Venue:Delft, NetherlandsThursday, September 1, 2016 To Friday, November 11, 2016 09:00 - 18:00
Registration is now open for a short course on Hazardous Waste Management
1 September – 11 November 2016 Delft, Netherlands
A consortium of partners consisting of ISWA, UNESCO-IHE, UNIDO, UNEP and the University of Technology of Berlin are jointly organizing a high profile short course on Hazardous Waste Management (HWM2016). The course will take place in three phases from 1 September – 11 November 2016.
The deadline for applications is 15 June 2016 - 23.59 (CET). Please follow this link to register
HWM2016 consists of three phases:
I - online starting up - September 1-30
II - physical presence - October 3-14 in Delft, Netherlands
III - online completion - October 17 - November 11
The three phases form one package of which the heart is formed by the physical presence phase. A maximum of 24 professionals in (Hazardous) Waste Management will be admitted taking into account geographic and gender balance. A certificate of course completion will be awarded to all those who successfully complete the course. Tools include in-class teaching, excursions, discussions, preparation of video presentations of own case study, online discussions, presentations, preparation of special topics, and webinars. The language of instruction is English.
Find the course brochure here and the case study template to be submitted as part of the application. For further information on the course methodology, structure, registration and fellowship opportunities, please visit the course website: http://www.unesco-ihe.org/hazardous-waste-management
The registration process consist of two steps:
(1) Submitting the online application form and
(2) Sending the case study description to the course coordinator (e-mail: firstname.lastname@example.org) The case study template can be found here.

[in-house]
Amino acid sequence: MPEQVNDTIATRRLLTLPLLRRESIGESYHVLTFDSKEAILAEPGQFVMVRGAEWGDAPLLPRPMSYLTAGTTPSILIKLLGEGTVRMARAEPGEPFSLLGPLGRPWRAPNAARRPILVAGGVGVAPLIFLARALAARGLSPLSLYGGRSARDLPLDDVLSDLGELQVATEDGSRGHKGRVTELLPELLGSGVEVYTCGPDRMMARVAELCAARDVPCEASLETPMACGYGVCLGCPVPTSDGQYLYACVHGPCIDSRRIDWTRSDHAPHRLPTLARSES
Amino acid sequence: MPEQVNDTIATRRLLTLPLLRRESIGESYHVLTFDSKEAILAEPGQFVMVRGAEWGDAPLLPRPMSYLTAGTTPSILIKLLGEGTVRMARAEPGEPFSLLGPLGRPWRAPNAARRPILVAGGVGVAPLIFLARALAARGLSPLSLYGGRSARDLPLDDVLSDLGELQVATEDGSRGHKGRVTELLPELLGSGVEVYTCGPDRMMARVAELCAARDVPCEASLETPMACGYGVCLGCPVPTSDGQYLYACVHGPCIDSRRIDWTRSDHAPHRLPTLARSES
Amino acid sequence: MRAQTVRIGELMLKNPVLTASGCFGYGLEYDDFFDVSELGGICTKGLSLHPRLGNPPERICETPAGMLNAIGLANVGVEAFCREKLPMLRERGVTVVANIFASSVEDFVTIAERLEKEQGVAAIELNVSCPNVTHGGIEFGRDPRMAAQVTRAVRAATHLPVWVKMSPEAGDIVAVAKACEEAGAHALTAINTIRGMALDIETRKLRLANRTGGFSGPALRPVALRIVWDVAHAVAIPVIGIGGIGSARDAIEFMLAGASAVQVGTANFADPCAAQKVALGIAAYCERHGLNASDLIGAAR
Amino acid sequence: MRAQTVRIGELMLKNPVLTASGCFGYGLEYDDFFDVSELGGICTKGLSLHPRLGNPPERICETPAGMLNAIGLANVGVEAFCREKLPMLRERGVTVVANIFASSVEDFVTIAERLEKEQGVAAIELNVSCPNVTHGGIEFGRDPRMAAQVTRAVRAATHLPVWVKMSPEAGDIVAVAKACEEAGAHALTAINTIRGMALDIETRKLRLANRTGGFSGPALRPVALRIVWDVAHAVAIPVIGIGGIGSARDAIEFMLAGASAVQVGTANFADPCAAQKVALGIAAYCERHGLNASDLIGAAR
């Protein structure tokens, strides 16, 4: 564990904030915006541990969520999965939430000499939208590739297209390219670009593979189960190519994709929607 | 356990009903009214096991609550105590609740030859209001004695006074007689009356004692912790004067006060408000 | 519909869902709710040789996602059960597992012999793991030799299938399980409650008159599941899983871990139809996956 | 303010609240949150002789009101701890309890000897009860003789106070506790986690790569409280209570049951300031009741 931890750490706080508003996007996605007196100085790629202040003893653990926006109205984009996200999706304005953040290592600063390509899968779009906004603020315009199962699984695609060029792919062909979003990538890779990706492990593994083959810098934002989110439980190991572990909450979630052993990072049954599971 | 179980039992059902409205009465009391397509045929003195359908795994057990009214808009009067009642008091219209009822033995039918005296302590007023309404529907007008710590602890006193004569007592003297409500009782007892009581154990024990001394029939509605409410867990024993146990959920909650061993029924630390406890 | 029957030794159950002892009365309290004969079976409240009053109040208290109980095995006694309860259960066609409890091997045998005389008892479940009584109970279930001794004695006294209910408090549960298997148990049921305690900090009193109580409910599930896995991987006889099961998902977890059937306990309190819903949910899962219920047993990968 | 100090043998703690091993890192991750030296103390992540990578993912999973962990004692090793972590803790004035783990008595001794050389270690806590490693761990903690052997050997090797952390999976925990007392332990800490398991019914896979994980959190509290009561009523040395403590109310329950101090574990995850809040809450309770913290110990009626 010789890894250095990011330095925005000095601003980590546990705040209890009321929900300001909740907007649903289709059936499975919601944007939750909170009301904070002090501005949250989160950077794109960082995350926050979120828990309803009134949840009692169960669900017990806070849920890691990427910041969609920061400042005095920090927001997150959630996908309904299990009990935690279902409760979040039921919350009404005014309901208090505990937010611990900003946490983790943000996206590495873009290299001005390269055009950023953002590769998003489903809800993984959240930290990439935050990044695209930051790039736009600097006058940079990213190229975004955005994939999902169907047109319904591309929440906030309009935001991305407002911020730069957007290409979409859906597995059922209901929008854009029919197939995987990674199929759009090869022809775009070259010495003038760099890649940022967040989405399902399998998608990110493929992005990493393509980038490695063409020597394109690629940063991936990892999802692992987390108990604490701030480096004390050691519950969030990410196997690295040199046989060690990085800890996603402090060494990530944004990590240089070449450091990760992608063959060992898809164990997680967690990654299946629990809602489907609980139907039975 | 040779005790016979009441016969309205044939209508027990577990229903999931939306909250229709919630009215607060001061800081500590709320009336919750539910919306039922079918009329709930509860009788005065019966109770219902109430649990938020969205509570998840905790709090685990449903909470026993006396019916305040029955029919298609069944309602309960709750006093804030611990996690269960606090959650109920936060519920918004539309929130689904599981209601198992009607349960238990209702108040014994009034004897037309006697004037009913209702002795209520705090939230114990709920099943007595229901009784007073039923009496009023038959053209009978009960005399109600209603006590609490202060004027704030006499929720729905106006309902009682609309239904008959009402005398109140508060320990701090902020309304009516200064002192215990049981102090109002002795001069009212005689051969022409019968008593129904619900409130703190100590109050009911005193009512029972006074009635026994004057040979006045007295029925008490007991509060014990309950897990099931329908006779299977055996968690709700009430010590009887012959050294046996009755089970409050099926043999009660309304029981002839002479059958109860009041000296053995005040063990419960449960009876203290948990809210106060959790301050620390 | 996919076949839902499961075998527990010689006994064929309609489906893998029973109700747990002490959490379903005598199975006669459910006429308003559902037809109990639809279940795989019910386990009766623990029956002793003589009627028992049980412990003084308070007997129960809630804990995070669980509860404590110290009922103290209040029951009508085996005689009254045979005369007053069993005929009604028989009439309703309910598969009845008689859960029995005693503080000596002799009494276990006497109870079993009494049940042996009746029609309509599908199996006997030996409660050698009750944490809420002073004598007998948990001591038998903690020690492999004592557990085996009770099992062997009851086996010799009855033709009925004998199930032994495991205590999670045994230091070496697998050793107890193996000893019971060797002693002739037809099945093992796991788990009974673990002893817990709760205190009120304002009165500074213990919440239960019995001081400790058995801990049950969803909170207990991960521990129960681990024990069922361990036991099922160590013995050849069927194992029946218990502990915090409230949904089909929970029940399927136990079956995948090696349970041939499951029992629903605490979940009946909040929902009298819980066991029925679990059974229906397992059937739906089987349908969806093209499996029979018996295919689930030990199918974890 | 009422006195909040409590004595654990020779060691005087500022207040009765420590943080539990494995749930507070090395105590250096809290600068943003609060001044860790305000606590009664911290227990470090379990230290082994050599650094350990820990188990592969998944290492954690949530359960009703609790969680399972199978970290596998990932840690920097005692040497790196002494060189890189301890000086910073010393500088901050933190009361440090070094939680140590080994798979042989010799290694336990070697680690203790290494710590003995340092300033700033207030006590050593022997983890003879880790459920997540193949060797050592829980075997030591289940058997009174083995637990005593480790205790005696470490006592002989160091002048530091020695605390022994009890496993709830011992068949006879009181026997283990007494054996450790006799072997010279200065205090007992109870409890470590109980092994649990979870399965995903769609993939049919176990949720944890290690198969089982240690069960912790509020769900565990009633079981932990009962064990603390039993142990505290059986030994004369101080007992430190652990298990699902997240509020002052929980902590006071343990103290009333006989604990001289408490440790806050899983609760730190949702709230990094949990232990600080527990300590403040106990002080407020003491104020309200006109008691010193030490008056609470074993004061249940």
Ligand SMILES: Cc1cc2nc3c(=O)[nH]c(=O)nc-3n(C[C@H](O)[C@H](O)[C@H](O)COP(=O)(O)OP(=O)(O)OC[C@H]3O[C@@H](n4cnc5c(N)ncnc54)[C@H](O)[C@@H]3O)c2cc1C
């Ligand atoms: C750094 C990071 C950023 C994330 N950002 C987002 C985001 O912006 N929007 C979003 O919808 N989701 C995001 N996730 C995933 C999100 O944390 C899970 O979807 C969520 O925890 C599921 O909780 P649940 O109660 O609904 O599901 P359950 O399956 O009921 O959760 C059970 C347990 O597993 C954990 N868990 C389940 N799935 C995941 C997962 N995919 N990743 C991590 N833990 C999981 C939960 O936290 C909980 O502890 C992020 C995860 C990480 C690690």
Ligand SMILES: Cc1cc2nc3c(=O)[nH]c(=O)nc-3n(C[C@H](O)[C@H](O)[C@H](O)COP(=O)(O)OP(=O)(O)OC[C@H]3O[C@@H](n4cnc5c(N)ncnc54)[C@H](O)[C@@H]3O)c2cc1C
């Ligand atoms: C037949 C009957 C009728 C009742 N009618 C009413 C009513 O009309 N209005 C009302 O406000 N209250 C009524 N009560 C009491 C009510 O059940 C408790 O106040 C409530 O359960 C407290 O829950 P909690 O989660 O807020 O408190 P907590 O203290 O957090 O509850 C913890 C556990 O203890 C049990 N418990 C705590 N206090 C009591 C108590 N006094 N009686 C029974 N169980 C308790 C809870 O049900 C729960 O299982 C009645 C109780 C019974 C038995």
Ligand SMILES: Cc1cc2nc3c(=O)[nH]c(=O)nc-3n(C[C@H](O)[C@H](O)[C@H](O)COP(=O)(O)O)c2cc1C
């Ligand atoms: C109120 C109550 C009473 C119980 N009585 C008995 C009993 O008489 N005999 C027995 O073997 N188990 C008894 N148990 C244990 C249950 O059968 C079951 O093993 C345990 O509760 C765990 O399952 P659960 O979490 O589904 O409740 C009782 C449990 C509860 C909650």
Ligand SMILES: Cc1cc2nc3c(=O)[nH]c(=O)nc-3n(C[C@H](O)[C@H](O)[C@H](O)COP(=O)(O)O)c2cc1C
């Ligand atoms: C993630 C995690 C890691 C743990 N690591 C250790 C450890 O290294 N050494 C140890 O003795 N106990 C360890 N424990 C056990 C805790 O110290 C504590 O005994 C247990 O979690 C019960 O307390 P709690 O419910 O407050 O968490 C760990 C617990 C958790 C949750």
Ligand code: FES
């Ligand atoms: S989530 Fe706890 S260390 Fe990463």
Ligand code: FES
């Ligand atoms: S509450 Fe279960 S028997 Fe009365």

The deadline for applications is 15 June 2016 - 23.59 (CET). Visit the course website for further information: http://www.unesco-ihe.org/hazardous-waste-management
Venue:SanremoMonday, June 13, 2016 To Friday, June 17, 2016 08.45 - 15.30
The International Institute of Humanitarian Law is delighted to announce that the Third Course on International Disaster Law will take place in Sanremo from 13 to 17 of June 2016.
The Course is organized in cooperation with the International Federation of Red Cross and Red Crescent Societies and the International Disaster Law Project and with the support of the Italian Red Cross.
The IDL course will offer participants an opportunity to analyse one of today’s foremost legal challenges namely the prevention and management of natural and man-made disasters.
Lectures will be delivered by distinguished speakers including Eduardo Valencia-Ospina (Special Rapporteur of the ILC on the Protection of Persons in the Event of Disasters), Walter Kälin (former Representative of the UN Secretary-General on the Human Rights of Internally Displaced Persons), academics, as well as representatives of relevant international and national actors concerned with IDL, such as the IFRC and OCHA.
The programme seeks to offer a comprehensive overview of the main practical, humanitarian and military issues related to the legal aspects of disaster prevention and management activities. Topics will be covered using a plenary-based approach complemented by practical exercises designed to test the participants’ ability to find outcome-oriented solutions through the application of relevant IDL provisions.